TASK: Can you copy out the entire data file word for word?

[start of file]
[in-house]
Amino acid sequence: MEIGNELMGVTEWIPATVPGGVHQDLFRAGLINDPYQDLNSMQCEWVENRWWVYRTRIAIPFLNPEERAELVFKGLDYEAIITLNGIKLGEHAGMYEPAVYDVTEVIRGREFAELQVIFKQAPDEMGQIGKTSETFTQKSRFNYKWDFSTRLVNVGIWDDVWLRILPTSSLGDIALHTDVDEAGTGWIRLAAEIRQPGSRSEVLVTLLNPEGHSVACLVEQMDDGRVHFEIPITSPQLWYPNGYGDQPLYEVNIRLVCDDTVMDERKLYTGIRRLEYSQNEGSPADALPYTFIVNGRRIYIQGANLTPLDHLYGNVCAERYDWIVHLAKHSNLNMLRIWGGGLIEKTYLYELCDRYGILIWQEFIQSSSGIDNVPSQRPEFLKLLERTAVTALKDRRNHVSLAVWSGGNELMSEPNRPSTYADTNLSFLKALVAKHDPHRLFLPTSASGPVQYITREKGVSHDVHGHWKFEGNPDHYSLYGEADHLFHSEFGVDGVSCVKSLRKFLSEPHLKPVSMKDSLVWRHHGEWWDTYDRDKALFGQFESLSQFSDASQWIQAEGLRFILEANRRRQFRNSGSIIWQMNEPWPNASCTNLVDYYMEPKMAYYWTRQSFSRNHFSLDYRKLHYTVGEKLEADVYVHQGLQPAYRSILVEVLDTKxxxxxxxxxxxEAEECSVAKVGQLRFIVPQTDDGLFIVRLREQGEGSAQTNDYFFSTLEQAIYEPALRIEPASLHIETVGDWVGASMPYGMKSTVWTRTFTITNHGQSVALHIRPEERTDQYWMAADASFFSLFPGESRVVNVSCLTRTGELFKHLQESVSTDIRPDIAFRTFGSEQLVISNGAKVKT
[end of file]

[in-house]
Amino acid sequence: MEIGNELMGVTEWIPATVPGGVHQDLFRAGLINDPYQDLNSMQCEWVENRWWVYRTRIAIPFLNPEERAELVFKGLDYEAIITLNGIKLGEHAGMYEPAVYDVTEVIRGREFAELQVIFKQAPDEMGQIGKTSETFTQKSRFNYKWDFSTRLVNVGIWDDVWLRILPTSSLGDIALHTDVDEAGTGWIRLAAEIRQPGSRSEVLVTLLNPEGHSVACLVEQMDDGRVHFEIPITSPQLWYPNGYGDQPLYEVNIRLVCDDTVMDERKLYTGIRRLEYSQNEGSPADALPYTFIVNGRRIYIQGANLTPLDHLYGNVCAERYDWIVHLAKHSNLNMLRIWGGGLIEKTYLYELCDRYGILIWQEFIQSSSGIDNVPSQRPEFLKLLERTAVTALKDRRNHVSLAVWSGGNELMSEPNRPSTYADTNLSFLKALVAKHDPHRLFLPTSASGPVQYITREKGVSHDVHGHWKFEGNPDHYSLYGEADHLFHSEFGVDGVSCVKSLRKFLSEPHLKPVSMKDSLVWRHHGEWWDTYDRDKALFGQFESLSQFSDASQWIQAEGLRFILEANRRRQFRNSGSIIWQMNEPWPNASCTNLVDYYMEPKMAYYWTRQSFSRNHFSLDYRKLHYTVGEKLEADVYVHQGLQPAYRSILVEVLDTKxxxxxxxxxxxEAEECSVAKVGQLRFIVPQTDDGLFIVRLREQGEGSAQTNDYFFSTLEQAIYEPALRIEPASLHIETVGDWVGASMPYGMKSTVWTRTFTITNHGQSVALHIRPEERTDQYWMAADASFFSLFPGESRVVNVSCLTRTGELFKHLQESVSTDIRPDIAFRTFGSEQLVISNGAKVKT